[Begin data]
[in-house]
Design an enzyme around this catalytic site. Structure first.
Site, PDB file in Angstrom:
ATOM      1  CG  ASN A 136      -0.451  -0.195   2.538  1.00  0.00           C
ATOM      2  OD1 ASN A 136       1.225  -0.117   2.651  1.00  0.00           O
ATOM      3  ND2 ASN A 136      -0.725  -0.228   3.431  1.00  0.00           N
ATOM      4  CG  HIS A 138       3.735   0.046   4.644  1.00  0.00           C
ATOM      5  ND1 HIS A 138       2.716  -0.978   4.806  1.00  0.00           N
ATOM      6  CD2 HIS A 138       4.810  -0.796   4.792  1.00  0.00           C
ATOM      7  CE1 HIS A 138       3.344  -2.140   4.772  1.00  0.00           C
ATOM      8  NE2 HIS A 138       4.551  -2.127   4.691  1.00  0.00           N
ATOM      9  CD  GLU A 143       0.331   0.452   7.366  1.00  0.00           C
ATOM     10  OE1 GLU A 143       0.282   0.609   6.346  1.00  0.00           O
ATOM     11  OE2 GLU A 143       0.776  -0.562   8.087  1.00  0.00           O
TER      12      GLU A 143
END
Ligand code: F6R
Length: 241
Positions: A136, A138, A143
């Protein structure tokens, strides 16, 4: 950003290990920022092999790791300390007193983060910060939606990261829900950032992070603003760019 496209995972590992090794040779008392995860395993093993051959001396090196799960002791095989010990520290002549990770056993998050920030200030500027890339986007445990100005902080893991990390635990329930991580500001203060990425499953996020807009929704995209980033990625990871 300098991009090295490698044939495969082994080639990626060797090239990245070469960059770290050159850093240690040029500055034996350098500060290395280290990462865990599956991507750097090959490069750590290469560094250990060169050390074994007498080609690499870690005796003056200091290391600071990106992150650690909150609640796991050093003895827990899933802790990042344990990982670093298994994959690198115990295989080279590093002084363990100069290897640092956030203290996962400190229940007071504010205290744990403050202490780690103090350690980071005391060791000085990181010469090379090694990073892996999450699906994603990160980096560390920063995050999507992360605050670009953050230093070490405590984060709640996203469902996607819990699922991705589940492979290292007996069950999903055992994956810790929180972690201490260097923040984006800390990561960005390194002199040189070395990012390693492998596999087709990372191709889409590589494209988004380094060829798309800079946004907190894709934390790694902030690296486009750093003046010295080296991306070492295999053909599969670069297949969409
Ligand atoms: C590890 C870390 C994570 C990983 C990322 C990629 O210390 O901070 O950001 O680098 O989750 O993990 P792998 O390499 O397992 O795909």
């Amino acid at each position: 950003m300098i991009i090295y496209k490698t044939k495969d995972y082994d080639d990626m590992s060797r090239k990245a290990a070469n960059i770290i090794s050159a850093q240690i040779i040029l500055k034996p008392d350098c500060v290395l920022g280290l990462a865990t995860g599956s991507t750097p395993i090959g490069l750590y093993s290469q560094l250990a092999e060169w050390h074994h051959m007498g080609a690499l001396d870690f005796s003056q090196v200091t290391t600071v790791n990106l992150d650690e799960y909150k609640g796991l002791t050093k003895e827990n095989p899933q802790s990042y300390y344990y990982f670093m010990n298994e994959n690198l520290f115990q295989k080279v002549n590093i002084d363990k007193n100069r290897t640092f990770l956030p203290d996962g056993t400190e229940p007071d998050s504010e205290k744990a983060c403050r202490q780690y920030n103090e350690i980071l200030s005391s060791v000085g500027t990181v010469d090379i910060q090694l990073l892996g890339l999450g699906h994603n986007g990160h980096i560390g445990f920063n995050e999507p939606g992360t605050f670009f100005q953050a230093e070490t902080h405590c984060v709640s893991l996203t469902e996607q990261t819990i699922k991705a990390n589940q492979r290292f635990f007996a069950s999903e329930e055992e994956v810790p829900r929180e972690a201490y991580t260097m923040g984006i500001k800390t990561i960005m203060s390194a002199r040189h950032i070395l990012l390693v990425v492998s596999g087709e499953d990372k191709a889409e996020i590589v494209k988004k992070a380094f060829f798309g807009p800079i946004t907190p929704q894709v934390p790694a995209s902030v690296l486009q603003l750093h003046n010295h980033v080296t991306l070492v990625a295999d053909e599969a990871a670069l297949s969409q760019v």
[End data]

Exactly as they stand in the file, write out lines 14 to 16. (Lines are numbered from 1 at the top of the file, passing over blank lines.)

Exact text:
ATOM     11  OE2 GLU A 143       0.776  -0.562   8.087  1.00  0.00           O
TER      12      GLU A 143
END